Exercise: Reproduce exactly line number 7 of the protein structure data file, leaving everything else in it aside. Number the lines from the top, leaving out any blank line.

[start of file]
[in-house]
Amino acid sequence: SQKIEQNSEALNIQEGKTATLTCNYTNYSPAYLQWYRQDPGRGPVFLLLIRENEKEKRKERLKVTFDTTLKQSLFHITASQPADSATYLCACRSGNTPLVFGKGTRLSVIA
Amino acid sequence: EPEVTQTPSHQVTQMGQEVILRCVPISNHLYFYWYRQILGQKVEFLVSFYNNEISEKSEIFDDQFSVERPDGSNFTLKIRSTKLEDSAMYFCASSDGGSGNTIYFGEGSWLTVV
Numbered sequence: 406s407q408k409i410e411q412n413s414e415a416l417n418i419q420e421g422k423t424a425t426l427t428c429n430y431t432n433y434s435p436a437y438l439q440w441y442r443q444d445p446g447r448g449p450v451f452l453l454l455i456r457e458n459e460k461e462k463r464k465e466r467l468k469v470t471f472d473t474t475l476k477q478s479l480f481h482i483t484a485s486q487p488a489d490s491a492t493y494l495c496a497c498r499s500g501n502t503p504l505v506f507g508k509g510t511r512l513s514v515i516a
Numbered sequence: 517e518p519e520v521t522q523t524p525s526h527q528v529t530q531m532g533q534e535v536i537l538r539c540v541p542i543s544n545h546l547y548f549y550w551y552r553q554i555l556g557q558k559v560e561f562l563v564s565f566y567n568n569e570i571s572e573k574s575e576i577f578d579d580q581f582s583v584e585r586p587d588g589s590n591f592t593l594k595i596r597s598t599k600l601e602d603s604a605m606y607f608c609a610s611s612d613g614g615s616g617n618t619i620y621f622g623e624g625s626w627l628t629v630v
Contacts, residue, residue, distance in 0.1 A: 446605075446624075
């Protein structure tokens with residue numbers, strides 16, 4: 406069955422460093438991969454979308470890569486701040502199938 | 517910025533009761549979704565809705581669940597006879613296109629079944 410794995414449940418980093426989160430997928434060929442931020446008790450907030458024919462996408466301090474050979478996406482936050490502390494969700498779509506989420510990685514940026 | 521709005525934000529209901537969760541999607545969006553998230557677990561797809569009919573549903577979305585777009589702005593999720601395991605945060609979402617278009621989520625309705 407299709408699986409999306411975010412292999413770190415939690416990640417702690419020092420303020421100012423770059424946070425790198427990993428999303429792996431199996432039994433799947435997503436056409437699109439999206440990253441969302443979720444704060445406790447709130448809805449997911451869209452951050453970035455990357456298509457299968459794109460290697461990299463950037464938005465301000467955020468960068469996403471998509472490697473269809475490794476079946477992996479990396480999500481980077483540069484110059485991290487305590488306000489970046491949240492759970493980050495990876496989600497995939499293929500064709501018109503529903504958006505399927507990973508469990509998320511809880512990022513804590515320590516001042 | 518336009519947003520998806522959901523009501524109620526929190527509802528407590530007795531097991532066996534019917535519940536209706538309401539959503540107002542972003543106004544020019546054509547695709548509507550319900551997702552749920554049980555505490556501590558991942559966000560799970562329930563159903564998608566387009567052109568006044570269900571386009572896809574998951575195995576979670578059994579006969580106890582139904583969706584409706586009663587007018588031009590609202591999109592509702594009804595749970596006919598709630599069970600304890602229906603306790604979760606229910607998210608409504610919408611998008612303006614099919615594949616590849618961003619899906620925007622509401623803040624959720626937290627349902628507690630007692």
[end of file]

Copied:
């Protein structure tokens with residue numbers, strides 16, 4: 406069955422460093438991969454979308470890569486701040502199938 | 517910025533009761549979704565809705581669940597006879613296109629079944 410794995414449940418980093426989160430997928434060929442931020446008790450907030458024919462996408466301090474050979478996406482936050490502390494969700498779509506989420510990685514940026 | 521709005525934000529209901537969760541999607545969006553998230557677990561797809569009919573549903577979305585777009589702005593999720601395991605945060609979402617278009621989520625309705 407299709408699986409999306411975010412292999413770190415939690416990640417702690419020092420303020421100012423770059424946070425790198427990993428999303429792996431199996432039994433799947435997503436056409437699109439999206440990253441969302443979720444704060445406790447709130448809805449997911451869209452951050453970035455990357456298509457299968459794109460290697461990299463950037464938005465301000467955020468960068469996403471998509472490697473269809475490794476079946477992996479990396480999500481980077483540069484110059485991290487305590488306000489970046491949240492759970493980050495990876496989600497995939499293929500064709501018109503529903504958006505399927507990973508469990509998320511809880512990022513804590515320590516001042 | 518336009519947003520998806522959901523009501524109620526929190527509802528407590530007795531097991532066996534019917535519940536209706538309401539959503540107002542972003543106004544020019546054509547695709548509507550319900551997702552749920554049980555505490556501590558991942559966000560799970562329930563159903564998608566387009567052109568006044570269900571386009572896809574998951575195995576979670578059994579006969580106890582139904583969706584409706586009663587007018588031009590609202591999109592509702594009804595749970596006919598709630599069970600304890602229906603306790604979760606229910607998210608409504610919408611998008612303006614099919615594949616590849618961003619899906620925007622509401623803040624959720626937290627349902628507690630007692």